Nomination of Scott Pruitt to head the U.S. EPA threatens our health and climate

Among the many fossil-fueled extremists and climate deniers nominated by president-elect Donald Trump to lead key federal agencies, Scott Pruitt stands out as an extreme choice.

 Pruitt, who is originally from Danville, Kentucky, is Trump’s nominee to head the U.S. Environmental Protection Agency. He currently serves as Oklahoma Attorney General where he has focused his political career advancing the interests of industrial agriculture and the fossil fuel industry. Along the way he has benefitted handsomely from their direct political contributions and the support of their political action committees.

The U.S. EPA is responsible for protecting the land, water, air and climate on which all lives depend. Yet the man Trump has nominated to lead this essential and complex public service denies the science of climate change. He has sued the EPA 14 times in recent years, including 8 cases that are still active. And he has repeatedly used his political position to do the bidding of powerful polluters.

For example, Pruitt intervened to weaken a legal settlement against corporate chicken farms. He was exposed in 2014 by the New York Times for sending letters on official government stationary that were actually written by energy industry lobbyists, urging federal regulators to ease up on rules to reduce methane emissions and other harmful pollutants. He led an association of Republican Attorneys General which coordinated lawsuits against the EPA while raking in $4.2 million between 2013 and 2016 from fossil-fuel related companies such as Exxon Mobil, Koch Industries, Murray Energy and Southern Company. (Fossil fuel interests also donated an additional $16 million directly to the election campaigns of individual Republican Attorneys General.)

In 2013-2014, Pruitt’s re-election campaign for Attorney General of Oklahoma was co-chaired by Harold Hamm, the CEO of Continental Energy, an Oklahoma-based oil and gas company. Hamm is one of the key players in the development fracking and horizontal drilling methods used to open up the Bakken shale oil field in North Dakota and parts of Montana. He is now Trump’s key advisor on energy issues.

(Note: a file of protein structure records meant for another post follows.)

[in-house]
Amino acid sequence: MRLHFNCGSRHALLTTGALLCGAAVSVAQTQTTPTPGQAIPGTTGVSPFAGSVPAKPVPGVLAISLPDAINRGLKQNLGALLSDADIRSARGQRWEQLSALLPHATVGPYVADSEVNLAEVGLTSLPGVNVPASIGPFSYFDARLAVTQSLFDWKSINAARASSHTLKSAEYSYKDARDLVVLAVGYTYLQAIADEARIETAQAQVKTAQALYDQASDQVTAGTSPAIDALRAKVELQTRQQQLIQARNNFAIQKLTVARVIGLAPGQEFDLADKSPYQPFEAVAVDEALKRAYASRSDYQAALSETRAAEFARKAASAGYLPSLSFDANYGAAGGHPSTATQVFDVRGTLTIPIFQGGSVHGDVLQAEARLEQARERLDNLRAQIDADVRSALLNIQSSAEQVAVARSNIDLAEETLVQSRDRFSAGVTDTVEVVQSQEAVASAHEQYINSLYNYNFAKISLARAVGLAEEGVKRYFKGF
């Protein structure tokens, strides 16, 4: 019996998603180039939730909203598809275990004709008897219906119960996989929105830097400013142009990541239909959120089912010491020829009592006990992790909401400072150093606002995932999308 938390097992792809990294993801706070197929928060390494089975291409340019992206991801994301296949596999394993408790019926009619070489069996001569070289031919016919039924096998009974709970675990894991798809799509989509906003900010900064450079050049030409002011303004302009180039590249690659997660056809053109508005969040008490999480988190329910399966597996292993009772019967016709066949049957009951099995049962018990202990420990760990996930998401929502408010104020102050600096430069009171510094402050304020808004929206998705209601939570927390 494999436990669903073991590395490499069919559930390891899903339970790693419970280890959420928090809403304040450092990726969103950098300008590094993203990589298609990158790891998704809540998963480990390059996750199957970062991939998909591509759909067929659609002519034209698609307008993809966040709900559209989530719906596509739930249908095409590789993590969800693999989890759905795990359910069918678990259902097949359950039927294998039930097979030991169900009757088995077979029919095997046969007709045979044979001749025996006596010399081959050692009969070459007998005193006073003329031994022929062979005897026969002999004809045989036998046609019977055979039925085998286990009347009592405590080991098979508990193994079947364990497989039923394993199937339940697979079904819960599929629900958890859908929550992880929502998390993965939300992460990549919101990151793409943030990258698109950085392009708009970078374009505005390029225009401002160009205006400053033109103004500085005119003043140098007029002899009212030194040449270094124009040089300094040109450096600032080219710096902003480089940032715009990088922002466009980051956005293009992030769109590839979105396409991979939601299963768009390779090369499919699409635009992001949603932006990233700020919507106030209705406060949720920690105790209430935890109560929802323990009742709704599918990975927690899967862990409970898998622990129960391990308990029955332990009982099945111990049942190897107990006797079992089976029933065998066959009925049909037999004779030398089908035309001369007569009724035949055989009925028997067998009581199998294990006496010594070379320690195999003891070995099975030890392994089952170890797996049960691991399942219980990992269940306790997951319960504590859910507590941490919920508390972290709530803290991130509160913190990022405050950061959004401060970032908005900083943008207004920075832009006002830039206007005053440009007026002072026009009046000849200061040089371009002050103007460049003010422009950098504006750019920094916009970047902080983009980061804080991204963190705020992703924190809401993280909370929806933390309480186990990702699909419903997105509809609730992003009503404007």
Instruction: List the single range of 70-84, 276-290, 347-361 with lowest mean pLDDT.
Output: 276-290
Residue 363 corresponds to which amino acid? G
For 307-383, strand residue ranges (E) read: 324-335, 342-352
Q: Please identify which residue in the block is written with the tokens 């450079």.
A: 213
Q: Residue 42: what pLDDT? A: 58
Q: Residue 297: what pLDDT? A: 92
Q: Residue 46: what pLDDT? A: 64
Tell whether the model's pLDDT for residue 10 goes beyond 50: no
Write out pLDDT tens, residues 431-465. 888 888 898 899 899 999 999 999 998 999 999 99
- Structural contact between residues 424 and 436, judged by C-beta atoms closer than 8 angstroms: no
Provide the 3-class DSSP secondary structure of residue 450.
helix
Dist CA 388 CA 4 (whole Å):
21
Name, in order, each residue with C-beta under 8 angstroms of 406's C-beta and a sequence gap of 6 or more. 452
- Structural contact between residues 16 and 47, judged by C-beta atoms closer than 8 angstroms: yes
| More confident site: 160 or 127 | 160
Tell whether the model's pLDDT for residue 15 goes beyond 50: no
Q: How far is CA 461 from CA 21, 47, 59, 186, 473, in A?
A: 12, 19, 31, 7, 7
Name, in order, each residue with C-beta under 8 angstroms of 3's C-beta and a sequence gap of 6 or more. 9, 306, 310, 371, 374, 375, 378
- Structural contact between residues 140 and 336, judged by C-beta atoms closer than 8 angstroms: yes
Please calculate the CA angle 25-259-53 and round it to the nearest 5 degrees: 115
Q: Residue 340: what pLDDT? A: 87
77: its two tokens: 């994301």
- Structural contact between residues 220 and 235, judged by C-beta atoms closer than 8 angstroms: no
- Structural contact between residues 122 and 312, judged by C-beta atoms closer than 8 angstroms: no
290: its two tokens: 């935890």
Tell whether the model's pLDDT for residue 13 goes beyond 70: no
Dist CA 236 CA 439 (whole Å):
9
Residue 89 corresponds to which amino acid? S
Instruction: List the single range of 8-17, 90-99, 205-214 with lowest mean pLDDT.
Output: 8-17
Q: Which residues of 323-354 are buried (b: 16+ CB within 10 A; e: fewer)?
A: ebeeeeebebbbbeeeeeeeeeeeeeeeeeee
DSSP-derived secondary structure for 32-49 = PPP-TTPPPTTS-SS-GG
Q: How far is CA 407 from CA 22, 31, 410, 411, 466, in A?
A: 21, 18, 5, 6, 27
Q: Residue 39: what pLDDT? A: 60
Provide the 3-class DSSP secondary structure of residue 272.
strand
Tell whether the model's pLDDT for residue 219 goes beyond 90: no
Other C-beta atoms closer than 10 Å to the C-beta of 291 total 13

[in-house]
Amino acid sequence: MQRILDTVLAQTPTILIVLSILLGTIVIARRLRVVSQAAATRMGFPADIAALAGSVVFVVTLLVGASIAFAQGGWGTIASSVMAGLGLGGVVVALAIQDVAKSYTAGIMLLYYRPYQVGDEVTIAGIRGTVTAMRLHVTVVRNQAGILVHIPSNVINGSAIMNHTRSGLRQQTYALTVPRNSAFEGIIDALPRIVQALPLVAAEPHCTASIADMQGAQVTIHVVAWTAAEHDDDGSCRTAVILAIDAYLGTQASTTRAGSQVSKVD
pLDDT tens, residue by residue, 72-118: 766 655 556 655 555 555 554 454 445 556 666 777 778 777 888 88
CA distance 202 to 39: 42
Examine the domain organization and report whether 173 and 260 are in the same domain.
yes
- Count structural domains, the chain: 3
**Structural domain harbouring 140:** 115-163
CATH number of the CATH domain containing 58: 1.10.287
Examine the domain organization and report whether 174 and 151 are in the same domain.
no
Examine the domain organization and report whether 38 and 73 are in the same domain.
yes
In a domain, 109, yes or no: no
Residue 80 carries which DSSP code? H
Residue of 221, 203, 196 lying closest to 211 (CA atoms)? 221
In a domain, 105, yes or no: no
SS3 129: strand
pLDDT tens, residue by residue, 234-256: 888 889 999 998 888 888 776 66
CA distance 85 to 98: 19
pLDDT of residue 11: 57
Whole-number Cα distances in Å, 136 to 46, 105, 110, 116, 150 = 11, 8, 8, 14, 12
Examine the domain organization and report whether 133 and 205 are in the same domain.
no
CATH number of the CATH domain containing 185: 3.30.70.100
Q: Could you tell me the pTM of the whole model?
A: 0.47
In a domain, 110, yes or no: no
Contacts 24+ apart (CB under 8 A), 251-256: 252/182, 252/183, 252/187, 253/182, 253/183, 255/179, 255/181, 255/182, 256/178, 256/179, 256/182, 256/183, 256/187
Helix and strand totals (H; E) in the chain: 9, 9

Pruitt’s confirmation hearing in the U.S. Senate begins on January 18 before the Senate Committee on Environment and Public Works. That committee is chaired by Sen. James Inhofe, who hails from Pruitt’s state of Oklahoma and is among the most extreme climate change deniers and EPA opponents in the U.S. Senate. 

To reject Pruitt’s nomination, at least four Republican Senators will need to vote against him since one Democratic Senator (Joe Manchin of West Virginia) has already expressed his support for the nominee. That may be a steep hurdle for Pruitt’s opponents, considering the fact that only three Republican Senators voted in 2015 for a resolution affirming that human activity contributes significantly to climate change. (Those voting yes on that measure were Sen. Susan Collins of Maine, Sen. Lamar Alexander of Tennessee, and Sen. Lindsey Graham of South Carolina.)

Here are numbers you can use to express your views on this nomination, and others:

 * Sen Mitch McConnell: 502-582-6304
* Sen Rand Paul: 270-782-8303

During the confirmation hearing, the case against Scott Pruitt’s nomination is likely to focus on several core issues:

  • He is a key architect of the legal challenge by 28 states and many fossil fuel companies and utilities to the EPA’s Clean Power Plan. And he has repeatedly denied the scientific consensus on climate change. The day after the election, he declared in an interview that the Trump administration would roll back EPA rules like the Clean Power Plan. He boasted, “There’ll have to be rules proposed by the EPA to withdraw those, but that will happen. And there will be notice and comments that will be taken. And then those rules will ultimately be withdrawn.”
  • He directly and indirectly benefits from hundreds of thousands of dollars contributed by fossil fuel interests in recent years. The energy industry gave $114,000 to Pruitt’s election campaign in 2014. They’ve given hundreds of thousands more to two political action committees set up in 2015 to advance Pruitt’s political future and run by people involved with his campaign. A third dark-money PAC was recently established to support his EPA nomination. All of those contributions are on top of millions given by energy companies to the Republican Attorneys General Association, which Pruitt led, and to the Rule of Law Defense Fund, a nonprofit that bankrolls legal challenges to federal regulations brought by Republican Attorneys General.
 

The coming week will see a flurry of additional confirmation hearings on many controversial picks, including the appointment of Wilbur Ross as Commerce Secretary. Ross is the CEO of ICG, one of the largest strip-mining companies operating in eastern Kentucky. He was at the helm of that company in 2005 when 12 miners died in the 2005 Sago Mine Disaster in West Virginia. Former KFTC chairperson Teri Blanton is quoted in this recent story about ICG's track record in Kentucky.

A rundown of the hearings taking place this week can be found here.

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